“The Ghosts of Houston’s Market Square” is an unconventional ghost story fusing Houston’s illustrious beginning with its present in an homage to the past, and a great read to get you in the Halloween mood!
Whether or not you believe in the supernatural, it is undeniable that energy from the past surrounds Market Square Park. And that’s exactly what Sandra Lord and Debe Branning set out to uncover in their book, “The Ghosts of Houston’s Market Square.” Lord, a writer and avocational historian, immersed herself in Houston’s history.
On the opposite side of the spectrum, Branning has been the director of the MVD Ghost Chasers since 1994, she’s appeared on Travel Channel’s “Ghost Stories” and “Ghost Adventures.” It was in 2005 that the two researchers met and subsequently joined forces to retell the story of Houston’s beginnings.
For those unfamiliar with Houston’s Market Square Park, the bustling, congested city of Houston literally evolved from the 62-block, 16-street area of Market Square Park. The first part of the book delves into how Market Square evolved into the fifth largest city in the U.S. It tells of war, murders and conspiracies.
The energy that hangs over Market Square doesn’t come from just the people that make up its past. The “ghosts” are also the former buildings and structures that had occupied Market Square, like the 1876 bell, the 1903 Seth Thomas clock, the four city hall buildings or the old sawpits. But there are also more contemporary spirits including Houstonians and Lauren Catuzzi Grandcolas, both of whom have memorials inside the Market Square Park.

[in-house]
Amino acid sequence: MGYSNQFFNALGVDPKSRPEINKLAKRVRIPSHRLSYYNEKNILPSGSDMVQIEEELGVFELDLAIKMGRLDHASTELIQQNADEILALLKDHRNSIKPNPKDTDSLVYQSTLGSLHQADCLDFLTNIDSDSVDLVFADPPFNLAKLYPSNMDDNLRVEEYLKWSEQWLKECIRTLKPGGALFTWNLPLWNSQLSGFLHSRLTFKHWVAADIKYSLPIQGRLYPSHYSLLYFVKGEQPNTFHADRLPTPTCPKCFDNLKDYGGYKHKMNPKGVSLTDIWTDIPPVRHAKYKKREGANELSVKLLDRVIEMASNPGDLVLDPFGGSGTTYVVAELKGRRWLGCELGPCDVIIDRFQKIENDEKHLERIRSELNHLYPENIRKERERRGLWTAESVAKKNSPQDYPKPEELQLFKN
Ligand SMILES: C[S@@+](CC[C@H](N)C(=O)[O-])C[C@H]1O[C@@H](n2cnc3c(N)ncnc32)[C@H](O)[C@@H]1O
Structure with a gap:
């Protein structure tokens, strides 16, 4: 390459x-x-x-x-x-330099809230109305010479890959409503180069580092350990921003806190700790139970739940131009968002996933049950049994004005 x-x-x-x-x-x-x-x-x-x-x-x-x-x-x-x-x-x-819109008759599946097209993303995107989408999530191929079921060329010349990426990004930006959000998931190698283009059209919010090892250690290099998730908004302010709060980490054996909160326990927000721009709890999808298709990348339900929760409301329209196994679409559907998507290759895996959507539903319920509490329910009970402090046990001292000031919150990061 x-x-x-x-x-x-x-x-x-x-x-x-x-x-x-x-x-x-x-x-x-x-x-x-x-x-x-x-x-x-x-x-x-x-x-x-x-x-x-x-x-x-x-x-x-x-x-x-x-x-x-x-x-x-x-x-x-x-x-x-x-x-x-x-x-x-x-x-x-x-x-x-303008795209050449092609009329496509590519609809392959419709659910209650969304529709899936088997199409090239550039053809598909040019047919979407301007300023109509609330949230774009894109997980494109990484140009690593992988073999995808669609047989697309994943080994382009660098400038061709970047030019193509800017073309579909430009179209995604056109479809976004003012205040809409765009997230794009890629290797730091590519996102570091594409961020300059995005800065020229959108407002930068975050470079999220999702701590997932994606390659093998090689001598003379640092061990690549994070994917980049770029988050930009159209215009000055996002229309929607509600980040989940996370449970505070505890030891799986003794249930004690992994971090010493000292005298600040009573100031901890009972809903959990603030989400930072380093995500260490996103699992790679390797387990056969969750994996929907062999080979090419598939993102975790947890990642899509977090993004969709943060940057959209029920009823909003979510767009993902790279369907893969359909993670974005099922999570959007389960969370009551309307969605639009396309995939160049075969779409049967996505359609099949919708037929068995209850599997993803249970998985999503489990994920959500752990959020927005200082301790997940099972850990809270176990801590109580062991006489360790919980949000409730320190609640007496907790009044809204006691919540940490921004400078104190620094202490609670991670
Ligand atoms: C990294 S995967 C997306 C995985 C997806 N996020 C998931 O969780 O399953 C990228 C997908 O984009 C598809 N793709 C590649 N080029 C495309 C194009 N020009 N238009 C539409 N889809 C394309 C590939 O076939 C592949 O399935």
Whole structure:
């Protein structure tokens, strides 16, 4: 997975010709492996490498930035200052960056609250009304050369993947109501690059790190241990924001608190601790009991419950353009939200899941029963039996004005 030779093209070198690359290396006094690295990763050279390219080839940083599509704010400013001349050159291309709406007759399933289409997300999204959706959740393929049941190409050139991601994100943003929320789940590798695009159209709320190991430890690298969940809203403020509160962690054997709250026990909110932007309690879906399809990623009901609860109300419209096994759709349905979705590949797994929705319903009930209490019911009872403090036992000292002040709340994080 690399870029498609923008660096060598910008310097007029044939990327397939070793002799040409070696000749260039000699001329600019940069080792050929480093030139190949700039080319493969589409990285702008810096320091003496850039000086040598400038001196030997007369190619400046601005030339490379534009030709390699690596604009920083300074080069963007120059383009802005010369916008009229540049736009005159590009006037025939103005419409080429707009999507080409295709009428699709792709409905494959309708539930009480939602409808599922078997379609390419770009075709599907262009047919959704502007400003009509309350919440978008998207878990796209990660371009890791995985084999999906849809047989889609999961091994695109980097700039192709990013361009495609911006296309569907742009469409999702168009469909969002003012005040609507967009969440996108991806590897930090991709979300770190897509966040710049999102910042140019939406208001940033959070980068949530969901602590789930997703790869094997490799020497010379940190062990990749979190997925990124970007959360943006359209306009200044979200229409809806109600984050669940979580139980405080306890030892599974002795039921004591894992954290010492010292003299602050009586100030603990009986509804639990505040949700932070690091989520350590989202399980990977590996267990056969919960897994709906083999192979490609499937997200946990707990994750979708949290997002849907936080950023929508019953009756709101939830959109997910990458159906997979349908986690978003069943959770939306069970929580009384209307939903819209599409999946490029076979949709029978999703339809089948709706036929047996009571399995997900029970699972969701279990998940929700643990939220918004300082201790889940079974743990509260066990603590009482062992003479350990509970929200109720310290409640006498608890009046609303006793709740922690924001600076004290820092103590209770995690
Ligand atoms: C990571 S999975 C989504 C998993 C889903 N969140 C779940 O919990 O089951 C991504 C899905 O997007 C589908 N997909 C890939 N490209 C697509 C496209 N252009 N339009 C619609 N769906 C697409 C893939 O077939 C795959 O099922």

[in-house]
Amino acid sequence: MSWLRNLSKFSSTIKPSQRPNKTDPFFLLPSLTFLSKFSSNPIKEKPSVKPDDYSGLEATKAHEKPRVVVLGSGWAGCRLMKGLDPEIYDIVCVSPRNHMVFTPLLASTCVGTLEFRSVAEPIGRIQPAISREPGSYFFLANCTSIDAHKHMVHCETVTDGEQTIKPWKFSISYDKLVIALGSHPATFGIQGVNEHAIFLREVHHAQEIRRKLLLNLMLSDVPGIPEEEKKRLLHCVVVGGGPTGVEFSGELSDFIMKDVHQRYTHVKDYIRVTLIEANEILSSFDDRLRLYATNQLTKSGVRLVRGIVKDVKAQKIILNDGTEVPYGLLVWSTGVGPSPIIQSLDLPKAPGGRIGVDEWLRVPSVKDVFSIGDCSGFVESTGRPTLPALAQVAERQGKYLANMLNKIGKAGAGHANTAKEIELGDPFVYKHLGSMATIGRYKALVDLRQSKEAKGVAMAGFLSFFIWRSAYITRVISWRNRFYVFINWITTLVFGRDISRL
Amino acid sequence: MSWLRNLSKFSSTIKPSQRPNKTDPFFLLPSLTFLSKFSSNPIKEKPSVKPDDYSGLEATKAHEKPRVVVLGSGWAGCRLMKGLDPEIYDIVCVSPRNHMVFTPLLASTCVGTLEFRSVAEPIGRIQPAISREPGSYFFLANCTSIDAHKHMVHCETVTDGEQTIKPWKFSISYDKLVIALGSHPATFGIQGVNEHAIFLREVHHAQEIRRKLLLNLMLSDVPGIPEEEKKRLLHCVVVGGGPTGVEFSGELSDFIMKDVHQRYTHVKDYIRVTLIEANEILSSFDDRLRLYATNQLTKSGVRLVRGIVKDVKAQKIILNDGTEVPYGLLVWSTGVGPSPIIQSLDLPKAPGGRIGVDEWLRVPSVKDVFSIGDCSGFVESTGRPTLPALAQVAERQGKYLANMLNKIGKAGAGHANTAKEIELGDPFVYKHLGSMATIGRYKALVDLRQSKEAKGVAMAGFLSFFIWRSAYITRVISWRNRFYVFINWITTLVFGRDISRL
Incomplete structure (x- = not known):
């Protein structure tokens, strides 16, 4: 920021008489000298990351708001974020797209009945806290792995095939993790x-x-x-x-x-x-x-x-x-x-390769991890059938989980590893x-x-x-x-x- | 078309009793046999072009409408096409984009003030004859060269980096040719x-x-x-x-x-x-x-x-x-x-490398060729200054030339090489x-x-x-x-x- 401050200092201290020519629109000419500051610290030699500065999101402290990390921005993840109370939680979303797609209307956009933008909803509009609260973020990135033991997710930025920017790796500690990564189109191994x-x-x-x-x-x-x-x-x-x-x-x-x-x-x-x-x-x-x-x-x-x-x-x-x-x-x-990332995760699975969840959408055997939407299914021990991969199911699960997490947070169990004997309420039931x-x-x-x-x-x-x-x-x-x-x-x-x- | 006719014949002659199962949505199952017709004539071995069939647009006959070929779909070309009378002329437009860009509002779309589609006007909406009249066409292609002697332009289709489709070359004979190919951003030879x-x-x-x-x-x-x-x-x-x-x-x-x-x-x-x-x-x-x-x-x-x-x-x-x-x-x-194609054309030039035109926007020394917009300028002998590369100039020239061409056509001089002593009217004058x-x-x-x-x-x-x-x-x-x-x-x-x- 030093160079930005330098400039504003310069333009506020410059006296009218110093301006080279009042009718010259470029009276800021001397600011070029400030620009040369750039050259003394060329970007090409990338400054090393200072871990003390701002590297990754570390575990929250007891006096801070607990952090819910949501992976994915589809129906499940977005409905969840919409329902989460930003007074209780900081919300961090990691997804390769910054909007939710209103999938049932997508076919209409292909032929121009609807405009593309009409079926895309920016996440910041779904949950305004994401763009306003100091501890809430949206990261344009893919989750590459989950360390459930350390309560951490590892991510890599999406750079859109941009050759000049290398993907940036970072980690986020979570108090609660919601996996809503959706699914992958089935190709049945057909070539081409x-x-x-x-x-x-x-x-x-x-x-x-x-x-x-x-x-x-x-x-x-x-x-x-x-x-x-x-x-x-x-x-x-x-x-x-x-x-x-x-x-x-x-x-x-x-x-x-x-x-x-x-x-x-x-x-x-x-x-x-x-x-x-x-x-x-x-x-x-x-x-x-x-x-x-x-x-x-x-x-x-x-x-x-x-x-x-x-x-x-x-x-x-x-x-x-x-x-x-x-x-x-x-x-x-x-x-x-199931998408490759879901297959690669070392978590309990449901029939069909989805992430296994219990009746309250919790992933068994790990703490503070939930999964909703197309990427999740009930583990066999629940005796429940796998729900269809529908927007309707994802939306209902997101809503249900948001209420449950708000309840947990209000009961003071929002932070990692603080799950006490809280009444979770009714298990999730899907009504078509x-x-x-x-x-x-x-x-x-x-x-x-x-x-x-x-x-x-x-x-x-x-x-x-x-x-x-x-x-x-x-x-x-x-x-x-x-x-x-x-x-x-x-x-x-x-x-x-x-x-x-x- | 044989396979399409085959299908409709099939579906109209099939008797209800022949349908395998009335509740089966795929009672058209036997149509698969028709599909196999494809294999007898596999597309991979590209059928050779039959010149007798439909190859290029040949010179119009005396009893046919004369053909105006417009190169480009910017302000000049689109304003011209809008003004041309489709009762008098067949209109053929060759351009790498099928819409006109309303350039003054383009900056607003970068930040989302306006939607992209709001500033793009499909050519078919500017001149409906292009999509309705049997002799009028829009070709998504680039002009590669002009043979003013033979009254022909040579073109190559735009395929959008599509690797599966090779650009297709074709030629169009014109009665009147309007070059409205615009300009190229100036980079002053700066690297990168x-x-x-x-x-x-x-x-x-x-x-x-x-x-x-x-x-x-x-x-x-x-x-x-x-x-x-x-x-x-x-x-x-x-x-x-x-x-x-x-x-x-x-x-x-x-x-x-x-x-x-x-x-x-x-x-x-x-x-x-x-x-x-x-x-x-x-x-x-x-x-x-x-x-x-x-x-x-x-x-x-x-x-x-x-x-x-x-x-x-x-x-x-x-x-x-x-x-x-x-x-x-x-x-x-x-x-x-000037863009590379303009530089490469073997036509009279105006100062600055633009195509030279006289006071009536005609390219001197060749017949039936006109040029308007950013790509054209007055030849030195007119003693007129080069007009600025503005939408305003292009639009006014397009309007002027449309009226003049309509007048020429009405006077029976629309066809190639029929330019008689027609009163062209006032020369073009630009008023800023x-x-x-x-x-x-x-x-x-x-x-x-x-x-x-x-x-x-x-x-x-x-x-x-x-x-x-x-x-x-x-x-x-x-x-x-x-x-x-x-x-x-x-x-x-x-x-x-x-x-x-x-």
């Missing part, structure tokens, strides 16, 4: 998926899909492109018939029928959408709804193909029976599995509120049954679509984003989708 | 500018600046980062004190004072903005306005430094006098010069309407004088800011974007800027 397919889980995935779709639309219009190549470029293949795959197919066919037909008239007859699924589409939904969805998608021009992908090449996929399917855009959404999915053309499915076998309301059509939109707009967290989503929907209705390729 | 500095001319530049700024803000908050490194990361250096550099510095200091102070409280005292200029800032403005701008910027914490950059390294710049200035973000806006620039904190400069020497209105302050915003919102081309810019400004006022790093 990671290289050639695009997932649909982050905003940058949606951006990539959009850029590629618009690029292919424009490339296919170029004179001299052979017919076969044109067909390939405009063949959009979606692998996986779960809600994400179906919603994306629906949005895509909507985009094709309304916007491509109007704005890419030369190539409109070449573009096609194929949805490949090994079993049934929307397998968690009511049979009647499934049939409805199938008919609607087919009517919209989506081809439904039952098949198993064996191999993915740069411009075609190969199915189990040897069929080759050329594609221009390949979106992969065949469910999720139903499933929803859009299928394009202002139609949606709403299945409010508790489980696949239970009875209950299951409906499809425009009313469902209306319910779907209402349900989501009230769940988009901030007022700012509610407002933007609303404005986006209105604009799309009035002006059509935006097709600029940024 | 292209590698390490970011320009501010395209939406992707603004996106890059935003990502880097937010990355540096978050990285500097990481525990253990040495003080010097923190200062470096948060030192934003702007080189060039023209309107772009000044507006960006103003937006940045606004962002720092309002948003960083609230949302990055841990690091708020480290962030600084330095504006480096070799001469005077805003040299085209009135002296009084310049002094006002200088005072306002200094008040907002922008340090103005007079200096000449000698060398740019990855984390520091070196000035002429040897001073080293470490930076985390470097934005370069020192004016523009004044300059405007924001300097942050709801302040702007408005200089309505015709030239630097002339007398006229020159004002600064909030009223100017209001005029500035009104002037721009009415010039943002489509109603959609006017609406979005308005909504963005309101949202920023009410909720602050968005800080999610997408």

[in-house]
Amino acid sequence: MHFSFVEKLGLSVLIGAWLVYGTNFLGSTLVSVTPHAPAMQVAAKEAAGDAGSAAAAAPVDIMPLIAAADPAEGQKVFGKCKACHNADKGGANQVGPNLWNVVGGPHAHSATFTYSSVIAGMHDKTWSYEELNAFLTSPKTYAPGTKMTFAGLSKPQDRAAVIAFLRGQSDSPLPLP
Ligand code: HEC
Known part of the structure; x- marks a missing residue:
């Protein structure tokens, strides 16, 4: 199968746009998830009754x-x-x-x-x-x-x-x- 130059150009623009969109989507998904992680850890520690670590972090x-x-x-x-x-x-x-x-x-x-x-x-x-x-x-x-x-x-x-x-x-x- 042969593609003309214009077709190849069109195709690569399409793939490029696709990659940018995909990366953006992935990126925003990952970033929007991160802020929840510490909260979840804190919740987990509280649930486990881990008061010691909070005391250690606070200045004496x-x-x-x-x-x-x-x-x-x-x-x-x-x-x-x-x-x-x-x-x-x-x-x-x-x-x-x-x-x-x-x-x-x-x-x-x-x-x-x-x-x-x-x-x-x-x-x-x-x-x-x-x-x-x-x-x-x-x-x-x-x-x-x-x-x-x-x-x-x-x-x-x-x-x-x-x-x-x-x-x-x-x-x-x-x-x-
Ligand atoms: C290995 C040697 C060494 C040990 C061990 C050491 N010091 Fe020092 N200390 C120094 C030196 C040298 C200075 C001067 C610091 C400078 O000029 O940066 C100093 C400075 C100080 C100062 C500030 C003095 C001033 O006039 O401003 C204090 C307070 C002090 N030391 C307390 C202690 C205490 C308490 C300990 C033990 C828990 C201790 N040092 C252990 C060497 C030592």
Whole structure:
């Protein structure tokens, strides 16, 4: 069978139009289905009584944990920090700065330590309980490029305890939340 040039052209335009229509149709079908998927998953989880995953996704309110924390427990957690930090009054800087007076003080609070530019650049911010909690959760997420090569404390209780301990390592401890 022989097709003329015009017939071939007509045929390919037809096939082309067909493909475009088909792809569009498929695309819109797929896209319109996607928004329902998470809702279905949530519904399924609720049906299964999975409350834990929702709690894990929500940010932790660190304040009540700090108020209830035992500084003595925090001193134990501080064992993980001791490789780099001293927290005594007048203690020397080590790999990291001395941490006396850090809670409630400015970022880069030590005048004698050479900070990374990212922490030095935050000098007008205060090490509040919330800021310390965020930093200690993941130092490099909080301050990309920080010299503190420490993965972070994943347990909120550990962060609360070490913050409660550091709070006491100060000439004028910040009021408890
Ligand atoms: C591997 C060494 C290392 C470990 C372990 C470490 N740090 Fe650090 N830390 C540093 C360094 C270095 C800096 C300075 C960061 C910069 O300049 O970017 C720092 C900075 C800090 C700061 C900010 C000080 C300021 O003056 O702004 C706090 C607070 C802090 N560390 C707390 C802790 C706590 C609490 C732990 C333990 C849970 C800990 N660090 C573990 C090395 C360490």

Reading “The Ghosts of Houston’s Market Square” won’t necessarily frighten you out of your wits like watching the movie “The Conjuring” does. What it will do, however, is stir up feelings of nostalgia mixed with appreciation for past generations who have contributed to making Houston the city it is today.
As Lord and Branning say in their book, “If you don’t feel alone, even when there’s no one else in the park, it’s because you are standing with thousands of ‘ghosts’.” And these ghosts aren’t to be feared but instead revered.
The “The Ghosts of Houston’s Market Square” is available now.
Cover courtesy Aryelle Amador